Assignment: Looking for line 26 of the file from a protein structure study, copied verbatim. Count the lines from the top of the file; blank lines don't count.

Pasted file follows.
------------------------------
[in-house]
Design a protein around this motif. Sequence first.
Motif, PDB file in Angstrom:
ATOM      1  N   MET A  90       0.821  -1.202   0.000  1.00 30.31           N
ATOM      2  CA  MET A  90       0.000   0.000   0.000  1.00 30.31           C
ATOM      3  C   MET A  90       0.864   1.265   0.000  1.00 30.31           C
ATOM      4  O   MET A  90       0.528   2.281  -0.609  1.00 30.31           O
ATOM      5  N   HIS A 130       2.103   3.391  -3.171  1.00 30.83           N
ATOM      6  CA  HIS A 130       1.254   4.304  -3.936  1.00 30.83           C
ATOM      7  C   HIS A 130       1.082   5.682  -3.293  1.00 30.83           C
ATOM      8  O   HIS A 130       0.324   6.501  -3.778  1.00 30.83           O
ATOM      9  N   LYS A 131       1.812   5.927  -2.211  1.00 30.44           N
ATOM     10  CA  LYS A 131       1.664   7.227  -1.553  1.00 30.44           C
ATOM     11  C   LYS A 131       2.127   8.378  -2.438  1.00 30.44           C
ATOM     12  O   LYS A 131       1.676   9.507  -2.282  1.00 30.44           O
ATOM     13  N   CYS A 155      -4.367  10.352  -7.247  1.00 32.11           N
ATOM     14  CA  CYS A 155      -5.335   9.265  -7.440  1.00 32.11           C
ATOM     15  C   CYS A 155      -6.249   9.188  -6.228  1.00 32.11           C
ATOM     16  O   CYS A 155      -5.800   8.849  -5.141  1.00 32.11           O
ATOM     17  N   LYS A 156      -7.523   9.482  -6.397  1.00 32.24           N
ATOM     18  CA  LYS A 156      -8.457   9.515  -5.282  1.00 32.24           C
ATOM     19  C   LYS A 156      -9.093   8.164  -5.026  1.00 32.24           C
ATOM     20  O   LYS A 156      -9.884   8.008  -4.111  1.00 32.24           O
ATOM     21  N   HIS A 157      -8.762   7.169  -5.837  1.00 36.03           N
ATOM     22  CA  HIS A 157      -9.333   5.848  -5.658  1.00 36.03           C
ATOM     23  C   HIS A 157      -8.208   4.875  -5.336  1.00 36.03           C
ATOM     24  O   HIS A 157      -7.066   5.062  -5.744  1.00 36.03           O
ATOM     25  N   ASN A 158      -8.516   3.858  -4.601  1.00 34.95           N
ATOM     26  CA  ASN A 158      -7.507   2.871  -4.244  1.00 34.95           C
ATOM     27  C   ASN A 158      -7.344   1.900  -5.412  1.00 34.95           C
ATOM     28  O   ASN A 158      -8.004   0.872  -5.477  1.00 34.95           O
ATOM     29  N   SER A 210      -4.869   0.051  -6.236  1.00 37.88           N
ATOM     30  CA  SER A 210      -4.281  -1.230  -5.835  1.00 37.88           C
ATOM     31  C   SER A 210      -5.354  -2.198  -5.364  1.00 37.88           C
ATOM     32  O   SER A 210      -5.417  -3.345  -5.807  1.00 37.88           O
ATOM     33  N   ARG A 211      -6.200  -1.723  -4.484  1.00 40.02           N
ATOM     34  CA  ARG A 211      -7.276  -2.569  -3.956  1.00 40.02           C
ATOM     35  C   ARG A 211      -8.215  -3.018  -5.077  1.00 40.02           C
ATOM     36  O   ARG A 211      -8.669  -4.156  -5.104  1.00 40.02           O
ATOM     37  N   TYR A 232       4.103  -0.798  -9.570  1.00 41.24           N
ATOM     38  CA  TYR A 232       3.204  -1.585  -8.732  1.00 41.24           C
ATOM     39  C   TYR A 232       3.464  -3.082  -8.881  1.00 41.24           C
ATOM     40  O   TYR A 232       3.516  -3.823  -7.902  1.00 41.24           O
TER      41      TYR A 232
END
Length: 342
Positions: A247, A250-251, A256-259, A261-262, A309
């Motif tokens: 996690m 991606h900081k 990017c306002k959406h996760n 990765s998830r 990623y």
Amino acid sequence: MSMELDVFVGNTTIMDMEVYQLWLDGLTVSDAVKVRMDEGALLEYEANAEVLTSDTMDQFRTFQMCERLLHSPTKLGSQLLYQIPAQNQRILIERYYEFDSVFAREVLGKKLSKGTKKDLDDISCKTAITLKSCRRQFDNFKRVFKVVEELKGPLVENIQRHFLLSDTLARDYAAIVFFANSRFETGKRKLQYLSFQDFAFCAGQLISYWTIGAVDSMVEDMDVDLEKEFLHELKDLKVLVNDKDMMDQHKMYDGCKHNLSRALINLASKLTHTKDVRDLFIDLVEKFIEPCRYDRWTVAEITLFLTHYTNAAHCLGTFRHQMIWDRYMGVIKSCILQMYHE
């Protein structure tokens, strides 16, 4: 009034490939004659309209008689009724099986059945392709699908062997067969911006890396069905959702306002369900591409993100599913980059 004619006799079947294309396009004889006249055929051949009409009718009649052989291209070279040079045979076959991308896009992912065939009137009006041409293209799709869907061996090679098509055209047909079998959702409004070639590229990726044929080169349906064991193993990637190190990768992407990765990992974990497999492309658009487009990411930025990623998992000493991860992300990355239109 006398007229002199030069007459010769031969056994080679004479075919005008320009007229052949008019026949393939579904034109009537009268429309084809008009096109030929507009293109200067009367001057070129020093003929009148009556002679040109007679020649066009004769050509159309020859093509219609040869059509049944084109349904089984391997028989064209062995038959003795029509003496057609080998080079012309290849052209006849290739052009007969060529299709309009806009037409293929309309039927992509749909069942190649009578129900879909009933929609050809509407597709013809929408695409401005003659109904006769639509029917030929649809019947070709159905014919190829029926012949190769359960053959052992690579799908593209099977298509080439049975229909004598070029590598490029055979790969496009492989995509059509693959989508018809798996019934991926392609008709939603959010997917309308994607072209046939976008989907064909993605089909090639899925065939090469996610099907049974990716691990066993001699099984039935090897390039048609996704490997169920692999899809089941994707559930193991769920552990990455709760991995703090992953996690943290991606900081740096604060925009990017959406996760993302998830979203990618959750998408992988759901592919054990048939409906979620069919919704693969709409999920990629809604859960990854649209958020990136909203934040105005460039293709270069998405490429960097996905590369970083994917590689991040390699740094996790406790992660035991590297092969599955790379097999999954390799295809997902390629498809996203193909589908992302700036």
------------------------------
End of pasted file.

ATOM     23  C   HIS A 157      -8.208   4.875  -5.336  1.00 36.03           C